Cape Dorset, 2012, looking inside the ducks

So although duck hunting is a great excuse to be outside, see some sights and get out of the office, the real reason that we are here duck hunting is so we can take a look inside. We work with a number of researchers interested in different topics from wildlife disease to population dynamics, along with my own interests harmful contaminants and parasites, and as a result from each bird that we collect, depending on the year and location, we can take up to 23 different samples and measurements from a single bird. We always start by labeling all the jars, envelopes and bags.

This year Joanna has worked with Paulassie and Tutuya, two of our hunters, to label our demonstration sampling containers in both English and Inuktitut. Although we are still searching for the Inuktitut word for spleen…….

In Cape Dorset we are very lucky to be able to use the Conservation Officers office/warehouse.  Most of the birds we dissect here. This year I was lucky enough to have some great help. Below you can see Joanna, a student from the Nunavut Arctic College’s Environmental Technology Program who is helping us this year, and Sam, another student in the Gilchrist lab, dissecting a male eider with Joanna doing the cutting and Sam bagging and labeling. By the end of the dissection all the bags and jars you can see on the table are full.

First, we process the bird.  This includes weighing it, measuring its wing, head, bill and tarsus. Next, we sample take both breast feathers (for genetics work), the right tail feather (to study stress hormones) and both breast and tail feathers (for contaminant studies). If we are monitoring for disease we also take an 2 oral sawbs and 2 cloacal swabs. After all the external measurements and samples are taken we start by opening up the bird.

But, opening up lots of birds can be a lot of work, and the more hands I can involve the better.  So whenever I can recruit a few students along the way to help, I always do. Here in Dorset both the high school and the elementary school kids helped out this year. We talk about ecology, local birds, and the function of different organs as I dissect the bird. To open the bird I make a small cut and pull back the skin covering the breast muscle.  All this is done with care (and while wearing gloves) so that I don’t touch the muscle which we sample for harmful chemicals.

After the muscle is removed the ribs are cut and the sternum pulled back to expose all the organs, which is where we really start to fill sample jars and bags.  While I dissect and pull samples out, the students help bag the tissues and make sure that I don’t miss anything!

From the body cavity we take the heart, the entire liver (though it gets split in half, some for chemical analysis and some for the disease specialists, and we weigh it), the spleen, the entire gastro-intestinal tract from esophagus to cloaca (my favourite part as that is where the prey items and parasites are!), both kidneys (again we reserachers share these), and the left lung. Not much is left inside after this. We also take some blood samples on some filter paper, or nobuto strips.

Next we move on to the tissues that are entered into the National Specimen Bank, the leg, wing and the head. The Specimen Bank is located at the National Wildlife Research Center and we try to contribute to it whenever we can. The Specimen bank is exactly as it sounds, a bank that stores tissues. The idea is that we bank samples, and then in the future when a new chemical of concern is identified, or a new technique to study something is developed, we have historic samples that can be used to study changes over time without needing a time machine to travel back and get the samples that you wished you had. By the end of the all the bags, envelopes and jars that you can see on the floor are full of samples and labelled with the bird specific number that follows all samples from this bird into the various coolers, databases and labs these samples will go to.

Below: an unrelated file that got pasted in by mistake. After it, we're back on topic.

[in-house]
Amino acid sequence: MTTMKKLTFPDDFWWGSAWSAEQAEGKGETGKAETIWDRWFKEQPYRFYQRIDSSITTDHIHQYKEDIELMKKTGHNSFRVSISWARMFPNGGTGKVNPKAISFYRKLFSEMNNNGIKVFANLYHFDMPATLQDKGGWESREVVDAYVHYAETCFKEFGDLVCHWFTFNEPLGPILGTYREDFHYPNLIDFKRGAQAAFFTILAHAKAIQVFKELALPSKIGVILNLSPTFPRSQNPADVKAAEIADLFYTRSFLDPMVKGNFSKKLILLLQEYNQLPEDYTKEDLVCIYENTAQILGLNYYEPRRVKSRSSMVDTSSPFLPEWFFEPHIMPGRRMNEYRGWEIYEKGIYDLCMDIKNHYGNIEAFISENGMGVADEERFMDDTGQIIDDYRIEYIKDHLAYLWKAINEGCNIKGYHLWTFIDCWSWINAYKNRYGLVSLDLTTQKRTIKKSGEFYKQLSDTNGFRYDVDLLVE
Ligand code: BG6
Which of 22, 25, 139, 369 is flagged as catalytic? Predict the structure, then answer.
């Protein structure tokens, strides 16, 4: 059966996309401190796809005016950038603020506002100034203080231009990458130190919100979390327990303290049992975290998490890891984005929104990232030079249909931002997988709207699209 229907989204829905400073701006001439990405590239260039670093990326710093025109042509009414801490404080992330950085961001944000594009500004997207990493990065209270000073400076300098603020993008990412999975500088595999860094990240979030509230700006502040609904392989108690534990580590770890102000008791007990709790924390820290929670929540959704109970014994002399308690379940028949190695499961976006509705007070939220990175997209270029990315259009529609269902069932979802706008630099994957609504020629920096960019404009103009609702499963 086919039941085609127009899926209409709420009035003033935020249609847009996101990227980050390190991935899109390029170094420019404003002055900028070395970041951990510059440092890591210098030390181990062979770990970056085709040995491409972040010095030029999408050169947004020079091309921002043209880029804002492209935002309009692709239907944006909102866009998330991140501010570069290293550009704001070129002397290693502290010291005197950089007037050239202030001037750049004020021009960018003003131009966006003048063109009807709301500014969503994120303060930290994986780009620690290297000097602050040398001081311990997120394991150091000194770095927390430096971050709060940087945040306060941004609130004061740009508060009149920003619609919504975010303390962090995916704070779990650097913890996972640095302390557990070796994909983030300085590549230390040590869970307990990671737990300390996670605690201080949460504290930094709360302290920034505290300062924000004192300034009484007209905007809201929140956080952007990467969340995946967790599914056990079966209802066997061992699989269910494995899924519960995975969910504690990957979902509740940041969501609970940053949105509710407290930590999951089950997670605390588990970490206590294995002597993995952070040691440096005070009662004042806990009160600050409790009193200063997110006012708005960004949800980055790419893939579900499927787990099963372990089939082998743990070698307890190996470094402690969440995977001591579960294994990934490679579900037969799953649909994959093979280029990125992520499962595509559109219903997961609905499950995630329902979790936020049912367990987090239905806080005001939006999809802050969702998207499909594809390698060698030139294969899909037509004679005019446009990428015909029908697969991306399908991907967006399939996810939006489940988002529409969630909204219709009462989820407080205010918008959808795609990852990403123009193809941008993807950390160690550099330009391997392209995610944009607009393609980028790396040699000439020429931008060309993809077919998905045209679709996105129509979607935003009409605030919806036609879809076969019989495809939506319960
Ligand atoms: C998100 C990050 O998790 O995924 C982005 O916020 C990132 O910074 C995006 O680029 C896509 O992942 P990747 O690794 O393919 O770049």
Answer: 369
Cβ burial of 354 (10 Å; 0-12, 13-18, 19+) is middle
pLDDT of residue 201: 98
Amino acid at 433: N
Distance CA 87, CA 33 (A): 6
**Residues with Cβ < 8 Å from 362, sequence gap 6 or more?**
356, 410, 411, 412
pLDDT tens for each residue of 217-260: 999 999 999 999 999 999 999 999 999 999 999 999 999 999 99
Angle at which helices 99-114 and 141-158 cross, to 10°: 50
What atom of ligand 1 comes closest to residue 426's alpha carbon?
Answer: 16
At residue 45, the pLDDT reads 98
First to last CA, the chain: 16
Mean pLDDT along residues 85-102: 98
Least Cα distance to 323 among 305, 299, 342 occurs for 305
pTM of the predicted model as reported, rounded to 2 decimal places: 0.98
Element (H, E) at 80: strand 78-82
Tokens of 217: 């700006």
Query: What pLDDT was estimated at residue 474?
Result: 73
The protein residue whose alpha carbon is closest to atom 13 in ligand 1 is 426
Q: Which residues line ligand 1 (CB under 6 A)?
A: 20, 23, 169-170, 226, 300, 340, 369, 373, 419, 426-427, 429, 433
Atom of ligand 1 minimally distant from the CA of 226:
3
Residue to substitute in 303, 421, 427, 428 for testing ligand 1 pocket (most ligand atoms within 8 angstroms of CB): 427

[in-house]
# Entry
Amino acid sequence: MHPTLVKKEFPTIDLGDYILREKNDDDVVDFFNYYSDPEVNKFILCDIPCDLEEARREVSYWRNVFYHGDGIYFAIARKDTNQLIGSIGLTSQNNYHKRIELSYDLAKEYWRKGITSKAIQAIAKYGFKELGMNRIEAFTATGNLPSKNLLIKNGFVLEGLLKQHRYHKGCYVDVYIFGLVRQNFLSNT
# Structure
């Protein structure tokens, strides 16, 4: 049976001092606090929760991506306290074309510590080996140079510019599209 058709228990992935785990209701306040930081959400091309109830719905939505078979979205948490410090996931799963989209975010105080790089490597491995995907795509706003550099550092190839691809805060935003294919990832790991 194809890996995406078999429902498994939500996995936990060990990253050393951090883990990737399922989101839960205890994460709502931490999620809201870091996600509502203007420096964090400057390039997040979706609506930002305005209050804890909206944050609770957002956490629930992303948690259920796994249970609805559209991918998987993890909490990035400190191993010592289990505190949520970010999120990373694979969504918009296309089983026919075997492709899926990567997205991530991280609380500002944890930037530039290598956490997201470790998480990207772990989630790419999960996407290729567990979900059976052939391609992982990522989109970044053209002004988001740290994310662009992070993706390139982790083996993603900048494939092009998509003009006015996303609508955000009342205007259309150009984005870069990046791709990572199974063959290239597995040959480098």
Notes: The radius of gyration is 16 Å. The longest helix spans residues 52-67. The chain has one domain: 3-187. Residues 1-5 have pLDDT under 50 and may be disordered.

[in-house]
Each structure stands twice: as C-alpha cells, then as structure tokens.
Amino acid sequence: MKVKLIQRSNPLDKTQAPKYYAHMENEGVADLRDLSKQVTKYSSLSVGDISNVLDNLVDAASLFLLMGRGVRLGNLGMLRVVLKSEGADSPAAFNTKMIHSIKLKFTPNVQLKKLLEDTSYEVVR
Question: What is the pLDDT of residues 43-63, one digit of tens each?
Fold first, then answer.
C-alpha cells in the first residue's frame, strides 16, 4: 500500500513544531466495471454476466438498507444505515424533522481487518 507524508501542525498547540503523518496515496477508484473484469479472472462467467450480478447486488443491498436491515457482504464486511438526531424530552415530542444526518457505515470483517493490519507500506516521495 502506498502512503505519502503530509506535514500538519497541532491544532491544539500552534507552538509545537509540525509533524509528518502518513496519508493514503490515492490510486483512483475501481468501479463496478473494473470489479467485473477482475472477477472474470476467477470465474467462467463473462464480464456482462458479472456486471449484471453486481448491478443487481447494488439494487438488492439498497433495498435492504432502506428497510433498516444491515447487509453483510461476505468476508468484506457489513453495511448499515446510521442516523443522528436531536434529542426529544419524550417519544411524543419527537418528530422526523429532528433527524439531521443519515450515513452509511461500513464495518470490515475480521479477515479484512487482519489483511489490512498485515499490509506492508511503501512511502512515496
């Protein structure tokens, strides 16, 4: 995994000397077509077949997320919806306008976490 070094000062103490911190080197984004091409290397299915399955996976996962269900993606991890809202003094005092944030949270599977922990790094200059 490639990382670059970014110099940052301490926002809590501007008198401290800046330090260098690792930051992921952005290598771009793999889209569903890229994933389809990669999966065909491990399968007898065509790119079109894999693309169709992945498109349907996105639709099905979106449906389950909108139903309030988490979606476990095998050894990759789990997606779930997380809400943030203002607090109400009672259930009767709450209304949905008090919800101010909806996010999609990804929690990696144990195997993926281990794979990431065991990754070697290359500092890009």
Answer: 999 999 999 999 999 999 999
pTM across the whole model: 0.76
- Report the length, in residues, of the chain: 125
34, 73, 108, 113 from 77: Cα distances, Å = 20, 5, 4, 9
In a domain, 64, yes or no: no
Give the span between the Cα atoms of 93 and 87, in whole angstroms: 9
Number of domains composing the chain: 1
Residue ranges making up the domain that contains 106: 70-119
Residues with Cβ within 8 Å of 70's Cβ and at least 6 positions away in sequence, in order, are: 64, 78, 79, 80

So, all in all, for most birds we have 4 swabs, 2 weights, 4 measurements, 3 feather samples, 1 blood sample and 9 tissue samples, which gives us a grand total of 23 samples from one bird. By the end, not only are all the bags full of samples, labelled and ready to go, but most of the students have had a good time, if I am lucky I have piqued a few interests, even to the point that some students pull out phones to photograph the crazy things their teachers let them do today.

After the gastro-intestinal tract is removed (like the one pictured above) I can then check to see what food items are inside, and most importantly, look for worms! It is these little guys that I have come here for. You can see one of the larger species that we find in the ducks pictured below.  The worms are mostly all body, but you can see heads (or scolexes) sticking up. The goal is to open the birds up fresh and get the worms while they are still alive (yes, alive as in still moving) to preserve them for identification purposes. Believe it or not the way you differentiate between species in intestinal worms is by counting hooks and spines on the scolex, so although these small heads don’t look like much, it is these small intact samples that we are working so hard to collect this year.

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